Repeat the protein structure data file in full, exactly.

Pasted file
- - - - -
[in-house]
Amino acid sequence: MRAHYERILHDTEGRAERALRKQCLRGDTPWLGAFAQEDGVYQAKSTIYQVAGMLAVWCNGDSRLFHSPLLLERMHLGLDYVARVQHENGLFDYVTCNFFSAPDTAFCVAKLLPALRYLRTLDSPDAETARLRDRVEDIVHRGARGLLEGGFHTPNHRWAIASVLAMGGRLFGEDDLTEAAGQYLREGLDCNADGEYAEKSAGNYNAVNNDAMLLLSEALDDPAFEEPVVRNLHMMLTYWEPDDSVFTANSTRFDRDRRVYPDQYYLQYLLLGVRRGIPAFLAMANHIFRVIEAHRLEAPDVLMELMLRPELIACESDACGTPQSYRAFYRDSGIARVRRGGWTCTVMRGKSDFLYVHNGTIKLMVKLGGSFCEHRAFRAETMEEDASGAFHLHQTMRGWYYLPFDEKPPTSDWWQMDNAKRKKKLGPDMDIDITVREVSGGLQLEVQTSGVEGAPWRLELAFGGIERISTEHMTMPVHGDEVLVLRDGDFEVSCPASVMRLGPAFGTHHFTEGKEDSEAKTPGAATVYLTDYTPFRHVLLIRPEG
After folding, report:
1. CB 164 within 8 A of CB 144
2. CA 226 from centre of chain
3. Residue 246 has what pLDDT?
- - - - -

[in-house]
Amino acid sequence: MRAHYERILHDTEGRAERALRKQCLRGDTPWLGAFAQEDGVYQAKSTIYQVAGMLAVWCNGDSRLFHSPLLLERMHLGLDYVARVQHENGLFDYVTCNFFSAPDTAFCVAKLLPALRYLRTLDSPDAETARLRDRVEDIVHRGARGLLEGGFHTPNHRWAIASVLAMGGRLFGEDDLTEAAGQYLREGLDCNADGEYAEKSAGNYNAVNNDAMLLLSEALDDPAFEEPVVRNLHMMLTYWEPDDSVFTANSTRFDRDRRVYPDQYYLQYLLLGVRRGIPAFLAMANHIFRVIEAHRLEAPDVLMELMLRPELIACESDACGTPQSYRAFYRDSGIARVRRGGWTCTVMRGKSDFLYVHNGTIKLMVKLGGSFCEHRAFRAETMEEDASGAFHLHQTMRGWYYLPFDEKPPTSDWWQMDNAKRKKKLGPDMDIDITVREVSGGLQLEVQTSGVEGAPWRLELAFGGIERISTEHMTMPVHGDEVLVLRDGDFEVSCPASVMRLGPAFGTHHFTEGKEDSEAKTPGAATVYLTDYTPFRHVLLIRPEG
After folding, report:
1. CB 164 within 8 A of CB 144
2. CA 226 from centre of chain
3. Residue 246 has what pLDDT?